On January 27th of this year we see a blocked flow with a warm tropopause over the west coast, accompanied by a pronounced cold tropopause over the east coast. This results in a low pressure system developing over the east coast. A warm west and a cold snowy east go together. In fact severe Winter Blizzards over New England are often associated with blocking over the west coast and a wavy meridional jet over the rest of the continental US.

For example let's go back to January 2005, another very cold and snowy month. On January 23, 2005 Boston was hit by a major blizzard - the rhs of Fig. 3. The pattern looks strikingly similar to the January 27th, 2015 blizzard shown on the lhs.

Is this year's extreme weather related to global warming?

We know from the work of Paul O’Gorman that as the world warms we would expect to observe a decrease in average snowfall but extreme snowfalls are likely to increase. So we should not be surprised to experience increased heavy snowfall. His argument is based on thermodynamic considerations and a statistical analysis of IPCC models outputs.

What about changes in the circulation patterns and dynamics? Has the jet position changed to favor blocking patterns and has the occurrence of blocking events increased?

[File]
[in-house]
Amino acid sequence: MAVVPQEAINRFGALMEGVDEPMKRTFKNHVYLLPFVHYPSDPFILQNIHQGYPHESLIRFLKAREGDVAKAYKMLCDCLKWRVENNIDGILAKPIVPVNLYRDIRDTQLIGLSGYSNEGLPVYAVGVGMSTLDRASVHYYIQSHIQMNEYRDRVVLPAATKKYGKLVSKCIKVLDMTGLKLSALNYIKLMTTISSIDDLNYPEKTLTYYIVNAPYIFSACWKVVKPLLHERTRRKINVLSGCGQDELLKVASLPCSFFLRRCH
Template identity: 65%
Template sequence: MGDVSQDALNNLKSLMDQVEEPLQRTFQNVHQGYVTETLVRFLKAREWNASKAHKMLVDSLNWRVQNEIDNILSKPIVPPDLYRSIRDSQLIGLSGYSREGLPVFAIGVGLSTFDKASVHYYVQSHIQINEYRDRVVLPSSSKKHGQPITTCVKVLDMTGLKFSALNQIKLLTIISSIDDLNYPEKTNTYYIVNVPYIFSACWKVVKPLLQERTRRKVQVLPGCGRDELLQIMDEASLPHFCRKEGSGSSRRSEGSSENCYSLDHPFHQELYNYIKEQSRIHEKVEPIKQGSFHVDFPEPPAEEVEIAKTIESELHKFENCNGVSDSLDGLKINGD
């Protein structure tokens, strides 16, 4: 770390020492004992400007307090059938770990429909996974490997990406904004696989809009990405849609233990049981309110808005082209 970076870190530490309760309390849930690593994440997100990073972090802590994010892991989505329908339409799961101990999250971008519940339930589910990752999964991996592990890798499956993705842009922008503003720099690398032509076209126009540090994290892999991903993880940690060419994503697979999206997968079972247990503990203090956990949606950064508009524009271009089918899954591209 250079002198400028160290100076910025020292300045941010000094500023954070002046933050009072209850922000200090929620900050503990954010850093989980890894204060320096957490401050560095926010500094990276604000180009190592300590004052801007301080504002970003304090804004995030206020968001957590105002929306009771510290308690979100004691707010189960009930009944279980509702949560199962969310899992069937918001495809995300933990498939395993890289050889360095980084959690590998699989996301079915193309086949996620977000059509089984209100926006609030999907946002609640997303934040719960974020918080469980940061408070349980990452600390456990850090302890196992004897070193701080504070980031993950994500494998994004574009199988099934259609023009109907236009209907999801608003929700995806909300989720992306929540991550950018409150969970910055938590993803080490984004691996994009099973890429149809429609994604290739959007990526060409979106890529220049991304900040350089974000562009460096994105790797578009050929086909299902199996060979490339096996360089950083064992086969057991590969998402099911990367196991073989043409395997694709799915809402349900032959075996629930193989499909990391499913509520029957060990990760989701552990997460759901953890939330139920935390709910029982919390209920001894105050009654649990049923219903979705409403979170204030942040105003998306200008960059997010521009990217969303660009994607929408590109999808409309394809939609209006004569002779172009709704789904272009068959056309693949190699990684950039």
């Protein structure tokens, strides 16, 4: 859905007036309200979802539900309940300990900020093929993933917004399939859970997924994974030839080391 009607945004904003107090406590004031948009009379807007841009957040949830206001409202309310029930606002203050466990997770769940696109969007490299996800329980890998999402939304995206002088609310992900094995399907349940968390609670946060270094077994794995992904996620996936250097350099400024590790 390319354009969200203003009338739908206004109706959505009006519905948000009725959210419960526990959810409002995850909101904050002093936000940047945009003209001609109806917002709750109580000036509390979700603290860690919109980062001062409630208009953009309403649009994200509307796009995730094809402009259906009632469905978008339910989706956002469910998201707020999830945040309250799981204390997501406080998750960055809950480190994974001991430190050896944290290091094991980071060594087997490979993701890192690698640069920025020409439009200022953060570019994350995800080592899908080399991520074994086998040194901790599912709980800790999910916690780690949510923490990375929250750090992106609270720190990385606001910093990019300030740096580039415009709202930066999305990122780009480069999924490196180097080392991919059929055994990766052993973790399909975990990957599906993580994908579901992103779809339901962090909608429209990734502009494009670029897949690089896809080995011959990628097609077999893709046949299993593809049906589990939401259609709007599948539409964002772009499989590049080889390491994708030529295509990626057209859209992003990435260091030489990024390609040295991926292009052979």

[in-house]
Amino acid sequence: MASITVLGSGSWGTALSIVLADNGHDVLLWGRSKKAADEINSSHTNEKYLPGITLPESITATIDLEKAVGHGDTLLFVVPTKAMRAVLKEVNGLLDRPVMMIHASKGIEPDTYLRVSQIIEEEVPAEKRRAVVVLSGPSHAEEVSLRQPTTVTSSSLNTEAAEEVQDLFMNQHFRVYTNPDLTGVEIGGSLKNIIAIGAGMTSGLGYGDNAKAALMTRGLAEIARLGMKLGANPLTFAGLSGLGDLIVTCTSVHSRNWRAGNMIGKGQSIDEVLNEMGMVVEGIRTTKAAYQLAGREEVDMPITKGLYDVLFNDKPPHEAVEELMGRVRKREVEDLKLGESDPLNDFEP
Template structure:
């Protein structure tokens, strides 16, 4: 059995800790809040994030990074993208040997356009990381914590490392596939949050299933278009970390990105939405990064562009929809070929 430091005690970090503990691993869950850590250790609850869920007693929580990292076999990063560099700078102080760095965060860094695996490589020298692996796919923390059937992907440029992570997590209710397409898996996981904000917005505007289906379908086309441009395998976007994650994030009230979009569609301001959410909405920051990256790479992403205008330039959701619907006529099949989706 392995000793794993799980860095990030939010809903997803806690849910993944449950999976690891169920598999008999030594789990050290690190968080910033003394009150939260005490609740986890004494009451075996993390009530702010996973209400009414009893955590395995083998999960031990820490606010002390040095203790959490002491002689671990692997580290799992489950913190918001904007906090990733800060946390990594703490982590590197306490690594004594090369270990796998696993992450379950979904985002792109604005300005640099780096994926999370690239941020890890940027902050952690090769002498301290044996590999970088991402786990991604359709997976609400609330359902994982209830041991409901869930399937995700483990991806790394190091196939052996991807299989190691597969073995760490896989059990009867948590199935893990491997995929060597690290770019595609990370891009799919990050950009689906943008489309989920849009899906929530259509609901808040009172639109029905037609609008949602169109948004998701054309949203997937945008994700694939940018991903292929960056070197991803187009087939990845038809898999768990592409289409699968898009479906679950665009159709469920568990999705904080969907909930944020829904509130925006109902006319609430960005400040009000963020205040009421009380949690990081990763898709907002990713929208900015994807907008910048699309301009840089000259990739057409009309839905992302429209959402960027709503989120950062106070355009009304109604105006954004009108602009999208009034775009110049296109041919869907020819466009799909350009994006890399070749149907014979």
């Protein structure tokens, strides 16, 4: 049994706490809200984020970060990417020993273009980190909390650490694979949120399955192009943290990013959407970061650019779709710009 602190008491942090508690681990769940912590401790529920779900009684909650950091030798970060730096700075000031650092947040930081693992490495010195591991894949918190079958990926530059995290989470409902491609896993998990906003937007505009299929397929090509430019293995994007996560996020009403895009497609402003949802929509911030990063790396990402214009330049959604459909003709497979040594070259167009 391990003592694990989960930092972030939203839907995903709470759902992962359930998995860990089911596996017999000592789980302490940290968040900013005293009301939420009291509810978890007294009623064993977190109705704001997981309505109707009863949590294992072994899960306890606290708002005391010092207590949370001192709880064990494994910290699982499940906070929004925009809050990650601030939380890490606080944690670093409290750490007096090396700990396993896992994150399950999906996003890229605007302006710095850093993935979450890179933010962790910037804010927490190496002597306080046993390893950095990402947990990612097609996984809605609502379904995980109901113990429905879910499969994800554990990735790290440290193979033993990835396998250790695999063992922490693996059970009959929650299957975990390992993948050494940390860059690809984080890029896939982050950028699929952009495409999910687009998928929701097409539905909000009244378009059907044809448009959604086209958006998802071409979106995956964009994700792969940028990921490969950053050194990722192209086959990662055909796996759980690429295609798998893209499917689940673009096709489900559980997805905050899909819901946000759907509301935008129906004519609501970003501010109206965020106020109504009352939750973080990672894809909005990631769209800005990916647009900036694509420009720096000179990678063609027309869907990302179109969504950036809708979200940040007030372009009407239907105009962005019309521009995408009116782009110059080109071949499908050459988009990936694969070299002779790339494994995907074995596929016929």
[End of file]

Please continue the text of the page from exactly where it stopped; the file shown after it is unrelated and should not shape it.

Looking over the past 30 years of NCEP reanalysis it does not seem the case …Martin Singh paper for 12.804 did not see any increase in blocking events over the past 30 years. But did we look properly? Elizabeth Barnes found the same -see Barnes (2013).

Jennifer Francis says it is the Arctic amplification that gives a wavy jet stream - see http://news.rutgers.edu/news/climate-change-driving-brutal-winter/20150217#.VOqWSHzF_E0

This is an interesting hypothesis, but this winter we have noticed a very strong zonal Pacific jet and a wavy meridional jet down stream of the blocking pattern…..It is not wavy everywhere, it looks more  local.

What about the warming of the tropical pacific? We are entering an El Nino phase....

This winter the Pacific was unusually warm – we even had the most eastern typhoon ever….